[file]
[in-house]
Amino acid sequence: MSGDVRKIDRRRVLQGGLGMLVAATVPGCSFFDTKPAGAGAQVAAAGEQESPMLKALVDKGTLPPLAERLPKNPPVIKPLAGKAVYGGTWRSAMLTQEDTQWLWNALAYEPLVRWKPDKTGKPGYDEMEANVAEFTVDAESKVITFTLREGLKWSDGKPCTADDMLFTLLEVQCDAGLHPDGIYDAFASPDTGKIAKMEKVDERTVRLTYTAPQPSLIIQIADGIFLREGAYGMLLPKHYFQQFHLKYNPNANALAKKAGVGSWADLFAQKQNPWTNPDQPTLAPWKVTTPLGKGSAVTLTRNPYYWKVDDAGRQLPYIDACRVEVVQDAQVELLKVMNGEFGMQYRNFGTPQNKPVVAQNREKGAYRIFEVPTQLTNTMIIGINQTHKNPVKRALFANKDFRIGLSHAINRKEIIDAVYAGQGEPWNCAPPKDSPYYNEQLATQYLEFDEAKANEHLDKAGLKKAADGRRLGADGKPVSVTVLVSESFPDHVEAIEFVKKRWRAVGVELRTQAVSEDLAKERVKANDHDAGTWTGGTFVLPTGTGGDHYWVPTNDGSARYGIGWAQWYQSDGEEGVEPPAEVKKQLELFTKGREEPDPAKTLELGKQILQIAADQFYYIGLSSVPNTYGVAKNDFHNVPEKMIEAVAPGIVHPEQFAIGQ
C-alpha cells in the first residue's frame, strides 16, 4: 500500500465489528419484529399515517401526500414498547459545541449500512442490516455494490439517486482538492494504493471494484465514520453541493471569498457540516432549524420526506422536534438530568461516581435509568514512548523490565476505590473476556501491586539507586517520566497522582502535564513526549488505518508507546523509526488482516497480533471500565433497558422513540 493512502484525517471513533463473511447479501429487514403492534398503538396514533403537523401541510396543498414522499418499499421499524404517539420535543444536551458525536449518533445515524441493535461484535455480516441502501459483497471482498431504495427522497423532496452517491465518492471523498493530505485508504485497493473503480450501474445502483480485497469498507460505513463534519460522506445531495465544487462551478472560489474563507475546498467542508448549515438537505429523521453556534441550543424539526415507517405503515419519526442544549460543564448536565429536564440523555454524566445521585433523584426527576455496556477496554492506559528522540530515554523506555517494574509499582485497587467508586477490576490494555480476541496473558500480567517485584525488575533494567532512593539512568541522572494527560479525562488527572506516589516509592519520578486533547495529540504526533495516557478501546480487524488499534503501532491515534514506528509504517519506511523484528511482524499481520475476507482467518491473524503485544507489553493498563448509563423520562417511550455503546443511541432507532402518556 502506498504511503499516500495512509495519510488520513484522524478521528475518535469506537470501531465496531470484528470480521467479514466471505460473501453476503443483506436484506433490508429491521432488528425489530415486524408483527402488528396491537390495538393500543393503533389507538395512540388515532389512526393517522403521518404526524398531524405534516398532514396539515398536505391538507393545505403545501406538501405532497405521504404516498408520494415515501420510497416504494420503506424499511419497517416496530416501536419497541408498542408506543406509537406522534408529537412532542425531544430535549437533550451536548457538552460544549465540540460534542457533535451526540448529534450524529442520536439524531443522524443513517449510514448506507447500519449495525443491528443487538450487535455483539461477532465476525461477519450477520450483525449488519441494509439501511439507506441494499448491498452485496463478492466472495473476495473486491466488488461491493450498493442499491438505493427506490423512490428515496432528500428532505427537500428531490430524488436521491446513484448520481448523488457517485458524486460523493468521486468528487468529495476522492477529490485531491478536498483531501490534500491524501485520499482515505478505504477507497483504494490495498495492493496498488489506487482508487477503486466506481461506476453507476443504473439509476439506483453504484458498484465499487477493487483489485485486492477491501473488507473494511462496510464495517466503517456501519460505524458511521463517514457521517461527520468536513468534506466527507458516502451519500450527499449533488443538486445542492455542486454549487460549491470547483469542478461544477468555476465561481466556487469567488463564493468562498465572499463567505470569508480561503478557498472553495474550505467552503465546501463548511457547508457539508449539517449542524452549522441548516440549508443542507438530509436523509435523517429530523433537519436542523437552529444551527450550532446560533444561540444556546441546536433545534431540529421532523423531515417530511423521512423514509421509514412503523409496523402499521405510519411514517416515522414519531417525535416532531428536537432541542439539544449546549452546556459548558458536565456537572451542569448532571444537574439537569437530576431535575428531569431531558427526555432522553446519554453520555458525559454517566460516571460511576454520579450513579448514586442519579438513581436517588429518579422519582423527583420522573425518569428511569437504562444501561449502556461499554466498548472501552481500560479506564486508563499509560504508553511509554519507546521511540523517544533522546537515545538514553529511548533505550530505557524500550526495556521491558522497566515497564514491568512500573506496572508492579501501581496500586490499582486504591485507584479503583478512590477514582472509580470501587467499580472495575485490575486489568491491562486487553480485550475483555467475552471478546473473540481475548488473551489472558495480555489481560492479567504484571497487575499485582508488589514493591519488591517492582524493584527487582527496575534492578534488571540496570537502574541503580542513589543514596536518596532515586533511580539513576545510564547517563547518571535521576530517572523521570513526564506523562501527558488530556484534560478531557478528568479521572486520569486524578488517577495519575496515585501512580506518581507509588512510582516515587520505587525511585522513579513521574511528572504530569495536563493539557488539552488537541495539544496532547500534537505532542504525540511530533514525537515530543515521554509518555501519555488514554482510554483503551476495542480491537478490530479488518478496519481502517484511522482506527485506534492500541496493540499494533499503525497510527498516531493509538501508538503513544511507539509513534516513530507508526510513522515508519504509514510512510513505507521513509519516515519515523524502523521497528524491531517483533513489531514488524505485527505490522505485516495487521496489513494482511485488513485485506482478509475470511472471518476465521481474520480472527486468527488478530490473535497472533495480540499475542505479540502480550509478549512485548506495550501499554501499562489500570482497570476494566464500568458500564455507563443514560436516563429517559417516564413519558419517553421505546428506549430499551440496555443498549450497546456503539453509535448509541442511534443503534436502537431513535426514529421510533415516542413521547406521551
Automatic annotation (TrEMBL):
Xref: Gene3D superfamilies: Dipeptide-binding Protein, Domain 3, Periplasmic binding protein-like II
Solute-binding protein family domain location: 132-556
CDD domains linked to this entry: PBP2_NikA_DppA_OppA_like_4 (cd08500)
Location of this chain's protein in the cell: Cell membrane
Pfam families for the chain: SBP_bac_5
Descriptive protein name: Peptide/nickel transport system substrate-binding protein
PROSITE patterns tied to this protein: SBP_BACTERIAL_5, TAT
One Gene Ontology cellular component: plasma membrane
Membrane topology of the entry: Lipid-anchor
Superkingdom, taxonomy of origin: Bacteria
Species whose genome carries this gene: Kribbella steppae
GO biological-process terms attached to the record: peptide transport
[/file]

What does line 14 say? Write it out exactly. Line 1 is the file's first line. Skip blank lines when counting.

Superkingdom, taxonomy of origin: Bacteria